Many people want to donate blankets and food when disaster strikes. But giving money is the best thing you can do.
In most cases, donating items doesn't help those affected by disaster. At worst, it can slow down our ability to save lives.
Transport costs are high for donated goods and donated items need to be sorted, cleaned and transported.
Delivering these items means we spend more on our relief efforts. This leaves less money to help those in crisis.
Cash donations mean we can give help fast
Cash can be instantly transferred to areas where it’s needed. It can be used to buy whatever those affected by disaster need most.
This helps to rebuild communities. We can support nearby markets and traders.
In overseas emergencies, cash donations also allow us to be sensitive to local traditions and culture.
We get better value for money when we buy goods locally
When disaster strikes, we buy and source goods locally. This supports local businesses through difficult times - and it’s also more cost-effective.
On average, it costs four times more to source and buy goods here in the UK and send them overseas than it does to buy the same items locally.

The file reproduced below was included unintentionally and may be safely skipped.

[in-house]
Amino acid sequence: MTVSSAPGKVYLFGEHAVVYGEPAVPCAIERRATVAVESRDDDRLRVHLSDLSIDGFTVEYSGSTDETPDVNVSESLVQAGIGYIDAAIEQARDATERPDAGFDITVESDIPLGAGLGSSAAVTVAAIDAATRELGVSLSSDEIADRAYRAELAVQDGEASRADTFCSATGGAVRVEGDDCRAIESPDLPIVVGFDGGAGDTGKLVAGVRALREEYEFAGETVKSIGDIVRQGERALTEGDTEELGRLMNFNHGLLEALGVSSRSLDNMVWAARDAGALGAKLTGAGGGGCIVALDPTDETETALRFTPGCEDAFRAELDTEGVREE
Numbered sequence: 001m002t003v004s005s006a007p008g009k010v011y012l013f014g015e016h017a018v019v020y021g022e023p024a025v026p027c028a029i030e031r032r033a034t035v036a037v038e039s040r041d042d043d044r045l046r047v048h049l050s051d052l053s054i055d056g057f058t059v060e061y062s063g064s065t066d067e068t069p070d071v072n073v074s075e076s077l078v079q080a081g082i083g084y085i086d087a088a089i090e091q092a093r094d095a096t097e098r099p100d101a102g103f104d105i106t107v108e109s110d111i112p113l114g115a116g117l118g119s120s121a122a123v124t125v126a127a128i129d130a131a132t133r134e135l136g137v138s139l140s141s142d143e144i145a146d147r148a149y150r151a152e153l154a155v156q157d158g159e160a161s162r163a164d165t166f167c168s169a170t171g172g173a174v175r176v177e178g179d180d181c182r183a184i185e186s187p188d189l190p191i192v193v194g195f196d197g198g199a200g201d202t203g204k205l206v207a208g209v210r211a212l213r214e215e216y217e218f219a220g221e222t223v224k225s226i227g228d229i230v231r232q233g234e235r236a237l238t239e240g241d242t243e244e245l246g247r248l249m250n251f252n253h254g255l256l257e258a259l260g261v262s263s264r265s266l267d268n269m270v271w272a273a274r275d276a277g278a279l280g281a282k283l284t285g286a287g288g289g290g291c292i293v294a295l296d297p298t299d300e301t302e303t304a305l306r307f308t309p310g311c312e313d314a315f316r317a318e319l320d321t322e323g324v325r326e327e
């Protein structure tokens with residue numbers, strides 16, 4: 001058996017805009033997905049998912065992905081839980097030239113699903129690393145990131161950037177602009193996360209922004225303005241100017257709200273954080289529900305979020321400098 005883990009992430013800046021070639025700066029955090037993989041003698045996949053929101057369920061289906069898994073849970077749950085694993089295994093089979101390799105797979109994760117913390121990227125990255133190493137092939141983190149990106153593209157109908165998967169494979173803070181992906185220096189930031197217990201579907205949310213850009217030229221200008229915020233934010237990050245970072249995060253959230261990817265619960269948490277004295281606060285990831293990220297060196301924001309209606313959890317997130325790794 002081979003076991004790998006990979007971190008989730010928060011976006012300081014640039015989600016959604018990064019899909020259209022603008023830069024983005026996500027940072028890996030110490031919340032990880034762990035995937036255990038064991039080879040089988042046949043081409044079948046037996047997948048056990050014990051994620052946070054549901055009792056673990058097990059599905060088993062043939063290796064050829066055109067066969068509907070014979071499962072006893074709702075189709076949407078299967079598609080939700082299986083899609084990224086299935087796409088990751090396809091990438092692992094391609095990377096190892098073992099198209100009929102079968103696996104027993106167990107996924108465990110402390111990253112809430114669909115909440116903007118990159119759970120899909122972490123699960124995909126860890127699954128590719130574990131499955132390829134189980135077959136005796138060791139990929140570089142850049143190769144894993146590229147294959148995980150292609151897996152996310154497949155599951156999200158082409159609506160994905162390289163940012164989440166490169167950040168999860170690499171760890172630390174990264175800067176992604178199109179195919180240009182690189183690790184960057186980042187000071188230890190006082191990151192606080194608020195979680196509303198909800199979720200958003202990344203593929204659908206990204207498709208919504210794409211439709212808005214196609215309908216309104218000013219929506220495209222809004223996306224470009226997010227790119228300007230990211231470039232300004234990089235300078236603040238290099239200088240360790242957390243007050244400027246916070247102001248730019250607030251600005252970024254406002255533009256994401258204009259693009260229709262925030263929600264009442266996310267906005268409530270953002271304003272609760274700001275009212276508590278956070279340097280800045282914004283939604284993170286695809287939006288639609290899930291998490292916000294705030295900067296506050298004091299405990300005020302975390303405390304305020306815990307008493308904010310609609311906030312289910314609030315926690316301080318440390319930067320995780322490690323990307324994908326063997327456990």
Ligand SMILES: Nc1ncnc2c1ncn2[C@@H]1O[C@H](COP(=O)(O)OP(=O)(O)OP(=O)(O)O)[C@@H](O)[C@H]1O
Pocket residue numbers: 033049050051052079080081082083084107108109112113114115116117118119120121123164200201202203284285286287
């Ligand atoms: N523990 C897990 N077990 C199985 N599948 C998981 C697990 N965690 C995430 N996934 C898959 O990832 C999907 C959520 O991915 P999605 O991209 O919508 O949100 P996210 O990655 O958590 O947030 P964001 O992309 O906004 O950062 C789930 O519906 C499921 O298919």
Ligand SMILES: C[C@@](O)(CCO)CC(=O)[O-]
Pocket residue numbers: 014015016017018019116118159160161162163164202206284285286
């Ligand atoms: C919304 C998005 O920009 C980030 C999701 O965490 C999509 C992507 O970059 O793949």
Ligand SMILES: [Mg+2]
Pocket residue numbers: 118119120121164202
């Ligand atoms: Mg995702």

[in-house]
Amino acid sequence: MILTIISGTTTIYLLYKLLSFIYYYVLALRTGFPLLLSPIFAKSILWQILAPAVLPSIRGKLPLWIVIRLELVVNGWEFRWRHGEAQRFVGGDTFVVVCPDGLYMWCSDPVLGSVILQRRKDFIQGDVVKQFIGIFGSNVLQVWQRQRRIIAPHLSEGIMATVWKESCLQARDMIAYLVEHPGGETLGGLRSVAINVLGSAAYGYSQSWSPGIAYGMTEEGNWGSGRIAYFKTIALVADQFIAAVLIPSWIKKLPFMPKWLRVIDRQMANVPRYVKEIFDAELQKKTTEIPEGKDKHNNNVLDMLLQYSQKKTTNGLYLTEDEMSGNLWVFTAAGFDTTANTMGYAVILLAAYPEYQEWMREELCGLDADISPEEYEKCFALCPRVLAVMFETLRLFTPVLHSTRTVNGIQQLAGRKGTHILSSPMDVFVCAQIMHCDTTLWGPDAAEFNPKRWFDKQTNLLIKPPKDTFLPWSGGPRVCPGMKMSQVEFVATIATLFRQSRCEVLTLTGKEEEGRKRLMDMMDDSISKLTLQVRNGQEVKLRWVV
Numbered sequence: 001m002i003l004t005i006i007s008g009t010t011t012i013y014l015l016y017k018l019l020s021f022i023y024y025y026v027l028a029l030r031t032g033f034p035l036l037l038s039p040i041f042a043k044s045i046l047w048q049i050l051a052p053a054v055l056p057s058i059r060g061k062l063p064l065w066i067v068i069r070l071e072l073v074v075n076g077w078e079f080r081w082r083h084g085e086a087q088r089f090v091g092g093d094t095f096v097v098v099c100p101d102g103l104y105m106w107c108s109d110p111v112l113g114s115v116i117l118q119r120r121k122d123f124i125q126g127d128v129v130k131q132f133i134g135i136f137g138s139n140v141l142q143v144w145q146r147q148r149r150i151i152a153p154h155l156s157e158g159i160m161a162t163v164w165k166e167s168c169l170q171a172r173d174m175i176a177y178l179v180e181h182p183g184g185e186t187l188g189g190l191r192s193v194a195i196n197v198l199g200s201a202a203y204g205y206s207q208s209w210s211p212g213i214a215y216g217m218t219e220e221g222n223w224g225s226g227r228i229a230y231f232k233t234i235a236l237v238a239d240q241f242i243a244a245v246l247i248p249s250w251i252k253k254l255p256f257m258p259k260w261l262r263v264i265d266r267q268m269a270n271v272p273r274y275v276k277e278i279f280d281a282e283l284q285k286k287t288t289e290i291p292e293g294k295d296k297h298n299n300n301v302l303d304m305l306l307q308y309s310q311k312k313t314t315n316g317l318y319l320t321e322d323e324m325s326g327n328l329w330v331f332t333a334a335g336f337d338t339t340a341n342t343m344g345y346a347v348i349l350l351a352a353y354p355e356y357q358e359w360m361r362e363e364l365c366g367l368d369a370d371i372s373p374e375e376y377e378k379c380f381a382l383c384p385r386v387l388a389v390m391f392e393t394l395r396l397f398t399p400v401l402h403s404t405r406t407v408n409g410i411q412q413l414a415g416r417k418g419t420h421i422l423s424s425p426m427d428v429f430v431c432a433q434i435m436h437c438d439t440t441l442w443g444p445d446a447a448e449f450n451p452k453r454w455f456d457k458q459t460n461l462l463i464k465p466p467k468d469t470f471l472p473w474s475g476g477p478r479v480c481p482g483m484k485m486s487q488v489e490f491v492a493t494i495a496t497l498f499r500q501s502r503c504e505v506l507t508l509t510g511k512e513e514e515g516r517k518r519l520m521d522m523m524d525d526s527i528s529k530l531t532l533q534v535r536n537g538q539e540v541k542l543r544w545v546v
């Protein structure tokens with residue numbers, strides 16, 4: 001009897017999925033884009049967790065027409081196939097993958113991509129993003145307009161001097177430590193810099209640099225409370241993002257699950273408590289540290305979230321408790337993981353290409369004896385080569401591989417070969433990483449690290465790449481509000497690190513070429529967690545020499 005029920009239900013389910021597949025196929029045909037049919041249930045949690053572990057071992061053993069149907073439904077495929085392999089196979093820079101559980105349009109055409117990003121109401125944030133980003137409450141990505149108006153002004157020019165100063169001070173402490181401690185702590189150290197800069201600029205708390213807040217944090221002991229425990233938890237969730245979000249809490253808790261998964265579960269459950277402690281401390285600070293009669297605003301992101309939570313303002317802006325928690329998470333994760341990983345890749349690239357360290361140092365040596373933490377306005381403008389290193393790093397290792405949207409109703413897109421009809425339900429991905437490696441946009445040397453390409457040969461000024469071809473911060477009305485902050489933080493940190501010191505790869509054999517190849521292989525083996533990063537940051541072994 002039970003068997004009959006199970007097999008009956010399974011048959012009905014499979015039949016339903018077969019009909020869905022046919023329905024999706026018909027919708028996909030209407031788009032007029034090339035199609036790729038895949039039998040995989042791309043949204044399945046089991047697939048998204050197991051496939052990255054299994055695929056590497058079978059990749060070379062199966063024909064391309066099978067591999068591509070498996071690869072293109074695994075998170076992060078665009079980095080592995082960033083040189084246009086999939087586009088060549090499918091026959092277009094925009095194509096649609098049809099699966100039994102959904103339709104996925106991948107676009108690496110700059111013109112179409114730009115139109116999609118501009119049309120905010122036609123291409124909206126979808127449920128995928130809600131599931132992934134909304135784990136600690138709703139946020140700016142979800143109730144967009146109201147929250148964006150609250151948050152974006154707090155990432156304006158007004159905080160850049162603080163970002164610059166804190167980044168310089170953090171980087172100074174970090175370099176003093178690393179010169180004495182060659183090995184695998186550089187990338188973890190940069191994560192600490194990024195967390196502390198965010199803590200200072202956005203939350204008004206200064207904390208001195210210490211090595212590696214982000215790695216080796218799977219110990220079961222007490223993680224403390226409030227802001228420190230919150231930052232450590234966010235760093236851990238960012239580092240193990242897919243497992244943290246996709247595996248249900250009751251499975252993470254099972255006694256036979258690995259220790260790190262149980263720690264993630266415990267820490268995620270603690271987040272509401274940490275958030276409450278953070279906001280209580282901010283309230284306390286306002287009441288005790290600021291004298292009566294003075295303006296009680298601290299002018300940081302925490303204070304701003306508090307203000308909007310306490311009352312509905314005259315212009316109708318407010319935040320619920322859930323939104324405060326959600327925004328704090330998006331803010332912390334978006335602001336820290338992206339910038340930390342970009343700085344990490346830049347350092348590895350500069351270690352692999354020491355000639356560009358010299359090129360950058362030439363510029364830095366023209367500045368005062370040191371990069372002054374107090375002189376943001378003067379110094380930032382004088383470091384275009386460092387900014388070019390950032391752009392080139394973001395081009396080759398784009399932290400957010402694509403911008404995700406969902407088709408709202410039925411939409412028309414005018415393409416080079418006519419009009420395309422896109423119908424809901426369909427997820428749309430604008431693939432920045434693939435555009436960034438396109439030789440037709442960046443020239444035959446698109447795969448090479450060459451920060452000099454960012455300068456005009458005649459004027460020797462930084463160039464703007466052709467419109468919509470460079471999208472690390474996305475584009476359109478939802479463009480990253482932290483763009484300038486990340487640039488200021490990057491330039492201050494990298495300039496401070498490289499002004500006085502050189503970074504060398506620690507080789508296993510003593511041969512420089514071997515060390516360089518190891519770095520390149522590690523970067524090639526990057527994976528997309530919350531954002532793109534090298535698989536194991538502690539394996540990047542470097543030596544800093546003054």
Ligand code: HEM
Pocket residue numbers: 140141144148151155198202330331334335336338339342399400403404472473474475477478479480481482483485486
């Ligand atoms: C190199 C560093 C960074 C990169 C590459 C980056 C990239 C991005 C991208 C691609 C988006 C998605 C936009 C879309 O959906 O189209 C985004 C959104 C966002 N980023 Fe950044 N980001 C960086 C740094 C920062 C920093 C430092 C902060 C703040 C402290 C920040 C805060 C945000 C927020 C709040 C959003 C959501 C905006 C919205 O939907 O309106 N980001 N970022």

Donated goods can block aid
Disaster areas are hard to reach if roads and bridges are damaged.
It’s vital that emergency teams can reach the people who need them. Roads should not be blocked by trucks carrying donations.
We know where donated money goes
Money donated to the British Red Cross stays within our Movement. We use our network to make sure help is given to the people who need our support.
We have staff at the scene during emergencies. They make sure your money is used properly.
The British Red Cross is also a member of The Cash Learning Partnership. This ensures that transfers reach the people who need them.
If you are near an area hit by disaster, specific donations can help
Are you close to an area hit by disaster? Then you can help by responding to requests for specific donations from food banks and shelters. Always check first to see what they need.
Please donate any other items to a British Red Cross shop. We can sell your gift to raise money that funds our work in the UK and overseas.
Can I donate medical items to emergency appeals?
We can only accept money for emergency appeals. This allows us to support the people who need our help most.
Are there other ways I can help support emergency appeals?
You could organise a fundraising event. To discuss this, please get in touch by calling us 0300 456 1005 (calls charged at standard UK landline rate). You can also email us at firstname.lastname@example.org to register your interest in running a fundraising event.